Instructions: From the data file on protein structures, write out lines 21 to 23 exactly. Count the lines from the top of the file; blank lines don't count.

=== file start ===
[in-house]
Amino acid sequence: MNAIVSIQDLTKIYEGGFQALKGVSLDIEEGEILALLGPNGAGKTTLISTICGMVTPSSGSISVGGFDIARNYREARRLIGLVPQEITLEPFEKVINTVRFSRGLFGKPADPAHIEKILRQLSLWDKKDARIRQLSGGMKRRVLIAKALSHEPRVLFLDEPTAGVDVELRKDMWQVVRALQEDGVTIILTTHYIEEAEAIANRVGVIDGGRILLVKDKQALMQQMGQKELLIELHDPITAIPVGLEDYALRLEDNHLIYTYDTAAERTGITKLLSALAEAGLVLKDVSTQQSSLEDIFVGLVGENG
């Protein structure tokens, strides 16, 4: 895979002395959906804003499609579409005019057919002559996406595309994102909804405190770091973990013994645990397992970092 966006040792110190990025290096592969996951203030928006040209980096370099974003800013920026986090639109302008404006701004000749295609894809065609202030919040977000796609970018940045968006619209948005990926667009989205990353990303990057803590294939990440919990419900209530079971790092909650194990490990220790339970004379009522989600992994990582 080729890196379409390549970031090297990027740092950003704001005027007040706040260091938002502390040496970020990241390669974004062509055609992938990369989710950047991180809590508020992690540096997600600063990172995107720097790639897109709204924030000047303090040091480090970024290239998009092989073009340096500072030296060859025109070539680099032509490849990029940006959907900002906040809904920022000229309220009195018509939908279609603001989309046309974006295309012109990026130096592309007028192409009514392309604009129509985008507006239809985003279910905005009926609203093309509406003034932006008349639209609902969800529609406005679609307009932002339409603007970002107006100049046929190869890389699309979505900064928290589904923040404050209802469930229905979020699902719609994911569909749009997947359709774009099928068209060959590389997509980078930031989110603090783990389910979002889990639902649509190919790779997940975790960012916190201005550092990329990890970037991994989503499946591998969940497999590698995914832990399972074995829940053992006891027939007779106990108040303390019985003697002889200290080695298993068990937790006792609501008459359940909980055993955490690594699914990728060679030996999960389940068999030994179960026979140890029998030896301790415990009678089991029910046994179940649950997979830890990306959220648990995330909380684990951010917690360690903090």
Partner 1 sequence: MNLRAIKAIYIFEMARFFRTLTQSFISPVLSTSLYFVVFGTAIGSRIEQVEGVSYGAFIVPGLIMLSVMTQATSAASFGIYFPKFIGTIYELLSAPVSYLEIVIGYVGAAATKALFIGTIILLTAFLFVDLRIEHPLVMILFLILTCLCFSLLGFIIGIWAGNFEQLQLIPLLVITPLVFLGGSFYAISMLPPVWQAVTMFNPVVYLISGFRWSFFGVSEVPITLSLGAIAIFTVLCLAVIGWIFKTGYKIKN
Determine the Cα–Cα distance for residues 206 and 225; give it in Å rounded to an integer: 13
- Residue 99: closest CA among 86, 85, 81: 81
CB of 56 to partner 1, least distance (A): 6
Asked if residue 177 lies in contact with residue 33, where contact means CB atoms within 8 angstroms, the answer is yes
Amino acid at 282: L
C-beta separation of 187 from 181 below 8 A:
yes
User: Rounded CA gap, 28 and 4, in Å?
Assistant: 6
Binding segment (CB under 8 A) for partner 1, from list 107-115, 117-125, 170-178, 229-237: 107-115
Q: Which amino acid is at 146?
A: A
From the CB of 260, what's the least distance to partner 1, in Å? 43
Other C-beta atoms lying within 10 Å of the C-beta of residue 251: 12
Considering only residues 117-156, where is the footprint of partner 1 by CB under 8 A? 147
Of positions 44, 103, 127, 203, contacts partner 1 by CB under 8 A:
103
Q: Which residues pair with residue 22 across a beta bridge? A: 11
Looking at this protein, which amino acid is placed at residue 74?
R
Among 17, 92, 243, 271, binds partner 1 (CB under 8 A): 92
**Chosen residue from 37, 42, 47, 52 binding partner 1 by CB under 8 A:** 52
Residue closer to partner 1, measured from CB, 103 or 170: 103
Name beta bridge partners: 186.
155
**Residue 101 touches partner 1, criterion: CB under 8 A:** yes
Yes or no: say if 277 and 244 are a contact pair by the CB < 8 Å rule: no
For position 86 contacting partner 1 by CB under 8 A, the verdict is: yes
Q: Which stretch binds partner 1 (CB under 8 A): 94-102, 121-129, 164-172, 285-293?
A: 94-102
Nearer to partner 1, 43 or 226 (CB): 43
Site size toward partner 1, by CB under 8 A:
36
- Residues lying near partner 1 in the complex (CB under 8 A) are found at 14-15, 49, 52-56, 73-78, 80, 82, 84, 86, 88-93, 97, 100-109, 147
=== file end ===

103
Q: Which residues pair with residue 22 across a beta bridge? A: 11
Looking at this protein, which amino acid is placed at residue 74?